FIRE KITCHEN was guest at constructlabs the Arch in Genk in June 2017.

The aim during this Residency stay was on the one hand to develop an easily repeatable workflow for producing simple personal objects, a cup, a plate and a bowl, for the Arch kitchen and ongoing workshops. You can find the manual here.
On the other hand, large cooking objects for the Arch Kitchen were developed and built, such as a Stove, Tajine, Comal, a natural refrigerator, several jugs and large bowls etc.


FIRE KITCHEN Vienna took place in cooperation with the Austrian Caritas group Kompa and invited refugees from different countries (Syria, Lebanon, Afghanistan, Iran) and neighbours to participate in a 10 day action in an enchanted backyard garden in the center of Vienna: starting from a selected recipe a cooking pot and a table stove were designed and built from clay. Throughout the first days, several cooking pots, steamers, tajines, open baking pans and closed ovens, coffee and tea pots and jugs were created.

After drying, the vessels were burned in simple wood fire ovens made from metal bins: at a low temperature of 800∞ the pots become dense enough to be used for cooking though staying porous enough for resisting the extreme temperature difference while cooking on open fire and at the same time being able to absorbe water to be dispensed during gentle cooking or evaporate on the exterior for cooling. In a second reduction burning the vessels could be finished with a matte black surface through oxygen exclusion making them hydrophobic and thus better for cooking.

Most cultures used to cook in clay pots on open fire and many beautiful examples and knowledge, which accumulated over a long time can still be found in South America, North and South Africa, Asia, the Middle East etc today. As European citizens we are relatively distant from this culture. We are used to cook in pots and containers whose cultural and material origins we donít know. For visitors and participants, fire-kitchen wanted to make possible to experience the exemplary process from the raw material clay through manufacturing, processing and burning to the communal cooking and dinner feast.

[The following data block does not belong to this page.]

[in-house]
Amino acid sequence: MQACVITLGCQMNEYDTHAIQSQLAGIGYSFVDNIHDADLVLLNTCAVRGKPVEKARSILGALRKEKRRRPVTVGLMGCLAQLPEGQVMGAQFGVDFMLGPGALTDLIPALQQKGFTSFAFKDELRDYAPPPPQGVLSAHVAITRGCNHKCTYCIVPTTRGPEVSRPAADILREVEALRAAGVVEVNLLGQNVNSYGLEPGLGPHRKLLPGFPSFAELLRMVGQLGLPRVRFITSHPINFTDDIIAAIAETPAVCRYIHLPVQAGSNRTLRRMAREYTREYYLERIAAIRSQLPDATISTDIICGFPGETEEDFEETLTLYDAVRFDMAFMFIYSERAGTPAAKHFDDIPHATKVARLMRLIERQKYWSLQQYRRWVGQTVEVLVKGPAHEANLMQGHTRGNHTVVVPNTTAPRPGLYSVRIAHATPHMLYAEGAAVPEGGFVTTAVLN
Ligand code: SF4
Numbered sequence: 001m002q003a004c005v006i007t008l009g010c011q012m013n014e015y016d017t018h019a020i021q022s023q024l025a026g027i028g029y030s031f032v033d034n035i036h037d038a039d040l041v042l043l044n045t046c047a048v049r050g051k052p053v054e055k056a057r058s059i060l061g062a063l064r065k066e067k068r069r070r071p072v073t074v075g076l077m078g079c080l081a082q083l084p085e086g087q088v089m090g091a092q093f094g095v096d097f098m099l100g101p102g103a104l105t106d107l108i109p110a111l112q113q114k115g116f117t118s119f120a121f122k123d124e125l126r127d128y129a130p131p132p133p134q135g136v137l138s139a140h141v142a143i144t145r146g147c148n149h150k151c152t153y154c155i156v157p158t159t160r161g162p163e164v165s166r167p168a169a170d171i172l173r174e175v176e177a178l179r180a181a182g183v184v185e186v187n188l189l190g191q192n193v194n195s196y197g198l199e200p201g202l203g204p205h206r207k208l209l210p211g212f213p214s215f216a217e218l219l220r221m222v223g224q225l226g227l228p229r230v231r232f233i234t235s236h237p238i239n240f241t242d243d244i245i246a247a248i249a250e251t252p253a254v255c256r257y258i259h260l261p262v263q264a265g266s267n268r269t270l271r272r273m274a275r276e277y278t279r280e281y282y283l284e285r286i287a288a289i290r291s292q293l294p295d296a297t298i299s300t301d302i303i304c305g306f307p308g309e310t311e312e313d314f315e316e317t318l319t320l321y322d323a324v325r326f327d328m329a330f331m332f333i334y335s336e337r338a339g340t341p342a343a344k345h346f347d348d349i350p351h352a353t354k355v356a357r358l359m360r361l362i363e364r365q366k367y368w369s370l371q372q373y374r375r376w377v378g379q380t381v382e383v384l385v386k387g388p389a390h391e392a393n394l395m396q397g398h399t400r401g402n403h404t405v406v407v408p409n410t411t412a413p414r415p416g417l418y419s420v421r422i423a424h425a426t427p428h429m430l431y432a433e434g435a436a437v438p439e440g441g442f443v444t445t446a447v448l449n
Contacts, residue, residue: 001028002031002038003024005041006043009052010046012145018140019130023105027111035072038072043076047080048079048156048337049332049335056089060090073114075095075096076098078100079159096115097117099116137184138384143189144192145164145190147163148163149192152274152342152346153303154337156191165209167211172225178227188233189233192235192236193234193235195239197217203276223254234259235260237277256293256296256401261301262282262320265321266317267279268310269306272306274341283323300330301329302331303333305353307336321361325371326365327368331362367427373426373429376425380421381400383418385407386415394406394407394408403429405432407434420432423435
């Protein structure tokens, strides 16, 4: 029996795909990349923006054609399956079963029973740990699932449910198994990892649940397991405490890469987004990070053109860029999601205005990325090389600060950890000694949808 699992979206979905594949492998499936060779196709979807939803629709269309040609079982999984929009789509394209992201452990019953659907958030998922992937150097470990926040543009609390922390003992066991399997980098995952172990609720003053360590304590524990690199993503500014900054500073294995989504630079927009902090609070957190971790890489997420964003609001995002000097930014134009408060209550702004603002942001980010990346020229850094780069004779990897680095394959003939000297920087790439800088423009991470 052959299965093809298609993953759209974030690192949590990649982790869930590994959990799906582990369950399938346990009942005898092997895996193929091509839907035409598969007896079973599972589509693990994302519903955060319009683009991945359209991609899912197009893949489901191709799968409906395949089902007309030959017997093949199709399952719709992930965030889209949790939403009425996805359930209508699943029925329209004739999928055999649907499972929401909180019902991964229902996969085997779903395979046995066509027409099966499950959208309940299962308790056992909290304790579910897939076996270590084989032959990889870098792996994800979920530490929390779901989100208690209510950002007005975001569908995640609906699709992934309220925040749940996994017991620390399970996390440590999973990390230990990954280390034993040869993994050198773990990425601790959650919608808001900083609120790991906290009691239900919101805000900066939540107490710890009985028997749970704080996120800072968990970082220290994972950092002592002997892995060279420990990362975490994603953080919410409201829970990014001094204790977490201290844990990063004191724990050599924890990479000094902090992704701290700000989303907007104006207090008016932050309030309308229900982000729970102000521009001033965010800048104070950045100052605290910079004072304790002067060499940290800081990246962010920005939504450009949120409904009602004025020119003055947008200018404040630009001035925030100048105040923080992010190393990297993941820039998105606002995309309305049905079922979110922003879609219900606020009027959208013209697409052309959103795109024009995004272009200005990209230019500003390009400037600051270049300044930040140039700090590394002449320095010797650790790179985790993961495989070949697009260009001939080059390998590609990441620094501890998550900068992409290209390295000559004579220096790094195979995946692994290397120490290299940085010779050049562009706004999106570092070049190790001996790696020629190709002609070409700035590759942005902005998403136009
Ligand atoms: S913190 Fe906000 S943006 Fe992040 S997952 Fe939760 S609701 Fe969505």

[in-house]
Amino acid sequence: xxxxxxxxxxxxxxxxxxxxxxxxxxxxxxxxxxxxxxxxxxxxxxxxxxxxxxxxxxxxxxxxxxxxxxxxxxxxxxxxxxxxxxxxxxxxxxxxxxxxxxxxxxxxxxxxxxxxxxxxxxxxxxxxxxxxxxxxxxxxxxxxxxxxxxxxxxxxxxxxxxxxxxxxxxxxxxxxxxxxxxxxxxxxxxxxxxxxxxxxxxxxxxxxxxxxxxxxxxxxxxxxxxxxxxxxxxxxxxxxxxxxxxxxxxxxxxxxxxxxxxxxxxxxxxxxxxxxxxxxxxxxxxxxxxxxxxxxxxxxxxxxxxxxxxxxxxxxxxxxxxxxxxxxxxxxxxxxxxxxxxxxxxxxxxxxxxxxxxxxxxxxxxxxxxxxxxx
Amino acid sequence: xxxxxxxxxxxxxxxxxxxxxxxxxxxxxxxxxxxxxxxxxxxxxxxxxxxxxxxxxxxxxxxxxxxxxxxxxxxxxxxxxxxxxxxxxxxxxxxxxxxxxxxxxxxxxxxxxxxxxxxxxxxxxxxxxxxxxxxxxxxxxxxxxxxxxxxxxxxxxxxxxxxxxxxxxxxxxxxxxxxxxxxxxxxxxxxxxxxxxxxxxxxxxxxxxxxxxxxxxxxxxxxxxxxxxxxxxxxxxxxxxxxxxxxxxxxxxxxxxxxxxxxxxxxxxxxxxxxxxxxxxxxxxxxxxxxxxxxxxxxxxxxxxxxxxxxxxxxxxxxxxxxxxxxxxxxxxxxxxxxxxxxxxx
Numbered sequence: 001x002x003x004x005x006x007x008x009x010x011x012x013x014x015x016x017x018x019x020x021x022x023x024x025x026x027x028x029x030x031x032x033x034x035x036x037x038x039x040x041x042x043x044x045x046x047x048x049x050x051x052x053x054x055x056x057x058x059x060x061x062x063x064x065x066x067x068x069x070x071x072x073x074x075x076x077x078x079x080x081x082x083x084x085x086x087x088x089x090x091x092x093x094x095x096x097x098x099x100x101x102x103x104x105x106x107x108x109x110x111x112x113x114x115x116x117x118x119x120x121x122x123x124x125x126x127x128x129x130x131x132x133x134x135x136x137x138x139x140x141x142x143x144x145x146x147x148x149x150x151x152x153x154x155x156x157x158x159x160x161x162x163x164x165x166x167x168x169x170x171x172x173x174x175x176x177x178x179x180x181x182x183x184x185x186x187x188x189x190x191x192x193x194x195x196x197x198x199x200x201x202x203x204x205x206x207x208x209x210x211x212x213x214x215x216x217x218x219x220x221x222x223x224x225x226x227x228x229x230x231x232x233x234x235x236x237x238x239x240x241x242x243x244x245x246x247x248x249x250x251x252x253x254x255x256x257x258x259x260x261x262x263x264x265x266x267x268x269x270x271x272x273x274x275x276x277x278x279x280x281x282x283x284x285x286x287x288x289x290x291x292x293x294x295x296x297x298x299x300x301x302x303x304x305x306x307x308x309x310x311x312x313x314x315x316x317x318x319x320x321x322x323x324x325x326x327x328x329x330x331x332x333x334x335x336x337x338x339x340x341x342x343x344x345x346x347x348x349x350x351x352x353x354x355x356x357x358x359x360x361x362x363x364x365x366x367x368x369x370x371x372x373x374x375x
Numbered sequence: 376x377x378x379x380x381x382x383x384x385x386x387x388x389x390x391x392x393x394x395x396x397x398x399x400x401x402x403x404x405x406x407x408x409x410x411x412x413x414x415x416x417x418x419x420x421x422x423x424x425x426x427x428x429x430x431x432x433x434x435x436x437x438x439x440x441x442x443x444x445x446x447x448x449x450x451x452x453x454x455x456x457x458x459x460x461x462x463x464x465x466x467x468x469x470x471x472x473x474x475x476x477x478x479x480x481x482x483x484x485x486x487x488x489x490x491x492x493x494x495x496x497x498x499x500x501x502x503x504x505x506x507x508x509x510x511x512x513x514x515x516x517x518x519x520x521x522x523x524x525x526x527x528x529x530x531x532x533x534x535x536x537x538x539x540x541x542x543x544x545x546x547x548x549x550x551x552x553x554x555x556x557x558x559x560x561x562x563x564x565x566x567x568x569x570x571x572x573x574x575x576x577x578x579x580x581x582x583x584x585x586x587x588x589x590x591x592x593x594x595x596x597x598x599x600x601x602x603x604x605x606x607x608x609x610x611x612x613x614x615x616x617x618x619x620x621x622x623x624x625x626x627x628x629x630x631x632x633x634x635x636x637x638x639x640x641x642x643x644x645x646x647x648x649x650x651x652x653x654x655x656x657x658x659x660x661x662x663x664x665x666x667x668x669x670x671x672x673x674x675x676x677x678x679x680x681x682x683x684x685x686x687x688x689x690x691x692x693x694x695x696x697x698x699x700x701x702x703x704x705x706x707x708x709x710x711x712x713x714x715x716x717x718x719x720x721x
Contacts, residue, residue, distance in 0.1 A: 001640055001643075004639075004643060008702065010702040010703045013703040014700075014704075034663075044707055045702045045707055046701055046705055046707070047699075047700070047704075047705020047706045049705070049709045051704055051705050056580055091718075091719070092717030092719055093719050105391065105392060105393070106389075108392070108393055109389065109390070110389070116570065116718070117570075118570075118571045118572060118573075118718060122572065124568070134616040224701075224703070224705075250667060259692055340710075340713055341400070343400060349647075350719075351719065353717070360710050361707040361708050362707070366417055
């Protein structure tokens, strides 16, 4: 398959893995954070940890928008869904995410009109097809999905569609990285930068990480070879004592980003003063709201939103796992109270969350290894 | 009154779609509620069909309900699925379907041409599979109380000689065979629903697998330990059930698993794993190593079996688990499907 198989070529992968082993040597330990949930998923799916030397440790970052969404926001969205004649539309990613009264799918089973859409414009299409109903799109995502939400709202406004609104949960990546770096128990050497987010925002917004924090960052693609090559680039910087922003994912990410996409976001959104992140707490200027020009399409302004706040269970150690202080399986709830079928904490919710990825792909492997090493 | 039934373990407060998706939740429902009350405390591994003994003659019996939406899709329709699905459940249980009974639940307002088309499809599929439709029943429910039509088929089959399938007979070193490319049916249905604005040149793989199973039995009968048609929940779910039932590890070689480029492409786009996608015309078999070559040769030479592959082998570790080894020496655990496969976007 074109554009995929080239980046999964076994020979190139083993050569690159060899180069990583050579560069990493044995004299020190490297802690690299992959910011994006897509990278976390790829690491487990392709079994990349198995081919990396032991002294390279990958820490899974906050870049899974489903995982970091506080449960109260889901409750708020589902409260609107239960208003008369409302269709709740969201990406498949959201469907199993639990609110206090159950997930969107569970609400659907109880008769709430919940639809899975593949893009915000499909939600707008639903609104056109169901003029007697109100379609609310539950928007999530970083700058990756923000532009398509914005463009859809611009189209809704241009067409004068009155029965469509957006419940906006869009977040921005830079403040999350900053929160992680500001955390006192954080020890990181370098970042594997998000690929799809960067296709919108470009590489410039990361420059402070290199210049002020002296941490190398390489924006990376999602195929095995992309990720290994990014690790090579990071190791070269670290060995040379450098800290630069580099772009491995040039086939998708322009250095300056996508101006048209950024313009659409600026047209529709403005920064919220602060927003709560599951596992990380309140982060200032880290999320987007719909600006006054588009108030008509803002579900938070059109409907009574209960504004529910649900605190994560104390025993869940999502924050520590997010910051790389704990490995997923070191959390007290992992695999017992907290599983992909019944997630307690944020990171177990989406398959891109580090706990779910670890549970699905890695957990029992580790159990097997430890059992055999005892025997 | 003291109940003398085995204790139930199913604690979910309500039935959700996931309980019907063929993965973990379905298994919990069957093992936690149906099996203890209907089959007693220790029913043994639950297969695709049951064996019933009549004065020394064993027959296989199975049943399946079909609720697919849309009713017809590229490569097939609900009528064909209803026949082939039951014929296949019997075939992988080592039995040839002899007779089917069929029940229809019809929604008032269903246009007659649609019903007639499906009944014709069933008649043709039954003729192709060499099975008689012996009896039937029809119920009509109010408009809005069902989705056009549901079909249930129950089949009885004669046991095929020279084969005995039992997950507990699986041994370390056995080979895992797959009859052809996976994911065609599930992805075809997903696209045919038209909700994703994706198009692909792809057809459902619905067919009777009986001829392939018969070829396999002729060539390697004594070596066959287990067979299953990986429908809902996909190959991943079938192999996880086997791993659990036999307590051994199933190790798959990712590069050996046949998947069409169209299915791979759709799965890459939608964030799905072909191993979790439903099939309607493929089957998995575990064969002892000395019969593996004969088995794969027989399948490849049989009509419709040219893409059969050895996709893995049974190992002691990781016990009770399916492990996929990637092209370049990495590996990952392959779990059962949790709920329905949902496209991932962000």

As designers and initiators of the project fire-kitchen we prefer to have a role in which we can learn from each other. Regarding the topic of cooking, we are used to serve ourselves at other cultures without going in depth into any personal exchange. A booklet is giving explanations about basic knowledge of materials and processes, presenting a selection of traditional pots and recipes from all over the world and proposing patterns for the building of some simple objects.

The original idea for fire-kitchen came up on a trip to Brazil, asking Reni from Bahia to cook the traditional Moqueca de Peixe with us (delicious dish from fish, vegetables, coconut milk, palm oil, lime and coriander). He first refused cooking it and arrived a couple of days later with a large, round, black pot made from clay arranging and delicately cooking the fish in it.
The fascination and curiosity for cooking in clay was born.

The setting was made representing only the necessary working steps: pieces of textile are used first for rolling and working the clay and finally to cover the festive dinner table; the seasonal ingredients come from the nearby social garden Gin; the archaic fire is attracting neighbours and visitors from far into the dark abandoned yard for the communal, festive, exciting and particular evening.


The Fire-Kitchen Vienna took place in the framework of the Vienna Design Week 2016 Stadtarbeit Format.
It received the MehrWERT-Designpreis 2016 for social design of Erste Bank Austria.

Team: Johanna Dehio, Mascha Fehse, Valentina Karga, Liza Schluder, Sèbastien Tripod